Paleoclimatology and Paleoceanography: The Lamont-Doherty Earth Observatory of Columbia University invites applications for three full-time post-doctoral research scientist positions in the field of paleoclimatology and paleoceanography. The successful candidates will join a dynamic and interdisciplinary group of scientists working on a wide range of interrelated problems examining Earth’s past climate history, ocean chemistry and circulation, ice sheet stability, sea level, and the interactions of the solid Earth, ocean, and cryosphere.The positions are full-time 1-year appointments, with the opportunity for continuation and growth depending on progress and availability of funding. We seek qualified, highly motivated candidates for the following research activities: Past sea level changes. The successful candidate will undertake field work and related analyses leading to a better understanding of Plio-Pleistocene sea level history. This work will be part of the larger collaborative PLIOMAX project, and target locations in the circum-Indian and Atlantic Ocean regions; field experience and dating expertise in carbonate sedimentary environments and coral reef ecology and structure is essential. Contact: Maureen Raymo (raymo@ldeo.columbia.edu) Sediment geochemistry. The successful candidate will investigate the history of the Laurentide ice sheet over the Plio-Pleistocene through analysis of Gulf of Mexico sediment cores; investigation of multiple proxies and innovative application of new proxies to core material is anticipated; expertise in foram geochemistry, clay mineralogy and/or XRF techniques desirable. Contact: Maureen Raymo (raymo@ldeo.columbia.edu) Foraminifer shell geochemistry/paleoceanographer. The successful candidate will work on one of several potential research areas including coretop calibrations of planktonic foraminifera and pteropods with oceanic carbon chemistry and physical parameters, Pliocene changes in the composition and ventilation of upper ocean waters, and high-resolution records of Holocene SST variability. The candidate will have experience with species identification, stable isotope geochemistry and analysis, and trace element analyses using ICP-MS (mid-2012 delivery). Contact Peter deMenocal (peter@ldeo.columbia.edu) Requirements: A recent Ph.D. in Earth Sciences or a related discipline is required. Experience directly relevant to the research activities described above desirable. Apply online. Applicants should submit a personal statement describing research experience and interests, including specific reference to the projects listed here, a curriculum vitae, and the names and addresses of three references online only. Posted: 10/31/11.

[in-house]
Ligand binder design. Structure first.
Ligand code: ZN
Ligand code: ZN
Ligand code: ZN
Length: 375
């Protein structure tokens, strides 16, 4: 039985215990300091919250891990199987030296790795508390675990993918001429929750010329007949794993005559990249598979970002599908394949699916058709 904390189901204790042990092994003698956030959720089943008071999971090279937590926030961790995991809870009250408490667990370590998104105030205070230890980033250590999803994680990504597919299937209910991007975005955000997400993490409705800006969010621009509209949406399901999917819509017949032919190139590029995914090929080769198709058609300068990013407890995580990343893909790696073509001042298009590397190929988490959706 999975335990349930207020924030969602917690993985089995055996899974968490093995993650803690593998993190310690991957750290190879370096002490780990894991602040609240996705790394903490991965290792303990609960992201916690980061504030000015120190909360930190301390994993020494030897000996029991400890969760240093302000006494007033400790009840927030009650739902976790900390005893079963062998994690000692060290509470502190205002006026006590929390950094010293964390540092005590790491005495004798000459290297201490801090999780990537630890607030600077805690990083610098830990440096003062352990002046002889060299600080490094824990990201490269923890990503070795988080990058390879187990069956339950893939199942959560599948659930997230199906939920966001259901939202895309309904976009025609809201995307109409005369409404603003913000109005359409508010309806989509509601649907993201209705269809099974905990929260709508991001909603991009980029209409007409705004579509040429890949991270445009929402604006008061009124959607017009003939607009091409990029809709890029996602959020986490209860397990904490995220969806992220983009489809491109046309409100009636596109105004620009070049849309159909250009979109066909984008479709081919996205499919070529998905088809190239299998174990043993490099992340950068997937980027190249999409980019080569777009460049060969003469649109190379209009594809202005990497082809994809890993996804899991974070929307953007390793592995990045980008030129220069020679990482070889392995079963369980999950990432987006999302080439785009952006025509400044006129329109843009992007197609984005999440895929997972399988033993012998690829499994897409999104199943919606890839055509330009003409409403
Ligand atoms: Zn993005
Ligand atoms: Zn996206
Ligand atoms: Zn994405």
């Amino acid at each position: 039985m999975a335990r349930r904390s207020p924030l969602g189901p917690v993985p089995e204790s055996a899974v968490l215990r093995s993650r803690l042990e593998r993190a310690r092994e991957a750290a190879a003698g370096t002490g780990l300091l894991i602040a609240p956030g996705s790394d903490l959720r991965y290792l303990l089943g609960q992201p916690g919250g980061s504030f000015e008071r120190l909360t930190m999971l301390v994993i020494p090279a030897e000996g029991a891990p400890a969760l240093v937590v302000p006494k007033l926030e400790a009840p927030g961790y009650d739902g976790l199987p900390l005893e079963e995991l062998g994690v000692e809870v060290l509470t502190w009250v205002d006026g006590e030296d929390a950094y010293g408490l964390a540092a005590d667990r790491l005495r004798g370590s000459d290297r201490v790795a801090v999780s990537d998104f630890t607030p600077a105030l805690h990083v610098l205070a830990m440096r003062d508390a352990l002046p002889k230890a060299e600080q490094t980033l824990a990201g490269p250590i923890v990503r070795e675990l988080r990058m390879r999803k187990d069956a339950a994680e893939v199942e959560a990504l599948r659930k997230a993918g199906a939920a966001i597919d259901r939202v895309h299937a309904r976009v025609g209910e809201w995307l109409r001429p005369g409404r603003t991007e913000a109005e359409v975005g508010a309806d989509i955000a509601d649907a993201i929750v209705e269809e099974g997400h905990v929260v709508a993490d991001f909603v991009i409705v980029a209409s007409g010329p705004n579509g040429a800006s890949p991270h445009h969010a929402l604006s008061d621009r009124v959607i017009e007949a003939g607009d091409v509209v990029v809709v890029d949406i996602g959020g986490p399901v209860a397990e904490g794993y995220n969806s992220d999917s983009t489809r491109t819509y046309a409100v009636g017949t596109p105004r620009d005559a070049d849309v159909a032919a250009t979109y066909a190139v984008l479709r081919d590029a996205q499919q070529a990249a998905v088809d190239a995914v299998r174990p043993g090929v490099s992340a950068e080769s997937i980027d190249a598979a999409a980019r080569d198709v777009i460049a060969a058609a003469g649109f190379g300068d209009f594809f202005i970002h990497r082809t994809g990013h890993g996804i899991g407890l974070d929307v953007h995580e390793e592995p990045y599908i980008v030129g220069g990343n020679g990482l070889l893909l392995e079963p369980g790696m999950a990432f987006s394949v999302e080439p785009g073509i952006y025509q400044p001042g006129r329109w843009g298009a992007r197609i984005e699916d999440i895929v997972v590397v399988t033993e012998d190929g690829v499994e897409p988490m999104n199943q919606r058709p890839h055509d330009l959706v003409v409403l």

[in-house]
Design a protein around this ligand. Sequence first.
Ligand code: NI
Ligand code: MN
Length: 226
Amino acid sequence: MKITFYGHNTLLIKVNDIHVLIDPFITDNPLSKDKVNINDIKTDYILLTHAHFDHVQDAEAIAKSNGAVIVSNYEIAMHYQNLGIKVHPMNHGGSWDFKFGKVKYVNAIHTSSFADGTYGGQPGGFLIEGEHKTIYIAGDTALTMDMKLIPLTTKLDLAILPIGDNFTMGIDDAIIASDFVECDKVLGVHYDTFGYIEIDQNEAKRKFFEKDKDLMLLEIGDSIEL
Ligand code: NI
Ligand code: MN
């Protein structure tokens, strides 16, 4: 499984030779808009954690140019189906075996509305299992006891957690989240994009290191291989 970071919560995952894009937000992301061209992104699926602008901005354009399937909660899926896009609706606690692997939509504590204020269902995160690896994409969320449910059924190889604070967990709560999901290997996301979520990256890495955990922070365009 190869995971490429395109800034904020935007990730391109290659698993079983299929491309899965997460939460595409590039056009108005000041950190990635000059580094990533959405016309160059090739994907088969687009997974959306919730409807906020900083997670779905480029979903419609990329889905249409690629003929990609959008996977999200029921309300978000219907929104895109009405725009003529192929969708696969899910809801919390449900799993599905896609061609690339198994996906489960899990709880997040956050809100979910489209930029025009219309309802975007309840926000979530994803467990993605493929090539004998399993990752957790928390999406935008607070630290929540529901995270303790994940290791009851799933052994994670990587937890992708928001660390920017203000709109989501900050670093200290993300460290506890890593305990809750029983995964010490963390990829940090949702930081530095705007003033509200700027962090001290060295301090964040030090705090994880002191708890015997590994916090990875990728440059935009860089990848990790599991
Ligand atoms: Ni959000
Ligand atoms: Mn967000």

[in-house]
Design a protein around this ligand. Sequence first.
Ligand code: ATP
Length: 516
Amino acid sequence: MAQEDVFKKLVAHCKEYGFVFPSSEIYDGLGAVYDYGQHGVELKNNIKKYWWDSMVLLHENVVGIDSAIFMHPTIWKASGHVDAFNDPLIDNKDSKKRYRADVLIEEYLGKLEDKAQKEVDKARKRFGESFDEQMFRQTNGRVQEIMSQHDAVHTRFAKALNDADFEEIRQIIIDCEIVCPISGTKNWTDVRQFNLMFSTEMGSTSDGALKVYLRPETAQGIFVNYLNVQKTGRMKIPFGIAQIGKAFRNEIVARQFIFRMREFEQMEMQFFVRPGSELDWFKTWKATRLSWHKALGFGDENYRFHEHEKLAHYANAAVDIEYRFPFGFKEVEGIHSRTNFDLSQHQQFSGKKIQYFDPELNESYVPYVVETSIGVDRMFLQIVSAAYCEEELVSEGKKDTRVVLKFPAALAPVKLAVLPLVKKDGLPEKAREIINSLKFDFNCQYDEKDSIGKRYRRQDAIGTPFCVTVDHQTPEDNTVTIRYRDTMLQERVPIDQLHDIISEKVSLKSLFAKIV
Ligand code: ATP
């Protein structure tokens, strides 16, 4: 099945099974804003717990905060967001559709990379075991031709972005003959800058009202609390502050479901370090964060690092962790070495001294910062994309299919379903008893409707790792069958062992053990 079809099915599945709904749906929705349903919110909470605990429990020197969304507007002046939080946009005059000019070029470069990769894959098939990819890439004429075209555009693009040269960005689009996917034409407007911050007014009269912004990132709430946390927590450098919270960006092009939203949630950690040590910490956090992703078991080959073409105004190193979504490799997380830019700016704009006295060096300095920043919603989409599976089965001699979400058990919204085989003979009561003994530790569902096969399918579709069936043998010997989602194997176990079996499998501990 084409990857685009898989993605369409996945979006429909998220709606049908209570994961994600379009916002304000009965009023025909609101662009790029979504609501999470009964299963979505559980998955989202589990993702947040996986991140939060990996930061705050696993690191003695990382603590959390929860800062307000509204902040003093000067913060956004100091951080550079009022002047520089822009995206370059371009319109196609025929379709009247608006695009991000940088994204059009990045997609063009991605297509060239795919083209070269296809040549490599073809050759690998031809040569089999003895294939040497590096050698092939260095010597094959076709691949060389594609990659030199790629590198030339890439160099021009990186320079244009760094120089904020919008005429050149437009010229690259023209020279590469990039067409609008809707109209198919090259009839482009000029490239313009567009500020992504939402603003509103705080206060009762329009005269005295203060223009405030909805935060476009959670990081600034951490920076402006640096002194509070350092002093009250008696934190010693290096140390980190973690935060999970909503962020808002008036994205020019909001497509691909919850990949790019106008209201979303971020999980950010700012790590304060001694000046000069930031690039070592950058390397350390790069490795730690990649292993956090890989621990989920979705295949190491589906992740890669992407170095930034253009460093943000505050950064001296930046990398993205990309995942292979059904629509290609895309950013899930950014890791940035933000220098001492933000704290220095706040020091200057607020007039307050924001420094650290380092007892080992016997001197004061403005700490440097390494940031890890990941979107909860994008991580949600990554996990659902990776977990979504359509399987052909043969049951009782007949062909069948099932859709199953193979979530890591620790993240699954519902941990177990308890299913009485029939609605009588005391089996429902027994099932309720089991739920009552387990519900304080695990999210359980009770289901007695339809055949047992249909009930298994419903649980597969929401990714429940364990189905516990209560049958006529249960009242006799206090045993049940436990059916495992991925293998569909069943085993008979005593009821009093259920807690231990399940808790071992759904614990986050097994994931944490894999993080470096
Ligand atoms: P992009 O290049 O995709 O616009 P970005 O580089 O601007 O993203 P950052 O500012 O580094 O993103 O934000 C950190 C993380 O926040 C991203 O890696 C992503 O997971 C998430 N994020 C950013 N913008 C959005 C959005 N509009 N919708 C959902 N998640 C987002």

Amphibian Evolutionary Ecology: The Richards-Zawacki lab at Tulane University is seeking a Postdoctoral Research Associate to participate in an NSF funded project investigating the evolutionary ecology of Panamanian poison frogs. The successful applicant will collaborate on projects to investigate the roles of natural and sexual selection in driving diversification among poison frog populations in Panama. Potential projects could include (1) studies of mating behavior/sexual selection and/or natural selection on aposematic signal variants, (2) studies of the genetic/genomic architecture of variation in aposematic signals and their reception, or (3) studies of the impact of habitat quality on visual/chemical signals. The successful applicant will have (1) a Ph.D. in evolution, molecular biology, ecology or related field, (2) the ability to organize and lead field studies in Panama and/or molecular studies in New Orleans, (3) strong writing skills, and (4) the ability to work independently. Candidates with experience working with genomic/transcriptomic data and a working knowledge of Spanish are preferred. Funds are available for one year with the possibility of a second year pending satisfactory progress. Starting salary is dependent upon experience. The position is available starting May 2012 (negotiable). Review of applications will begin April 1, 2012 and continue until a suitable candidate is found. To apply, please send (1) a cover letter, (2) CV, (3) statement of research interests/experiences, and (4) names and contact information for three references to Dr. Corinne Richards-Zawacki (cori@tulane.edu). Posted: 3/8/12.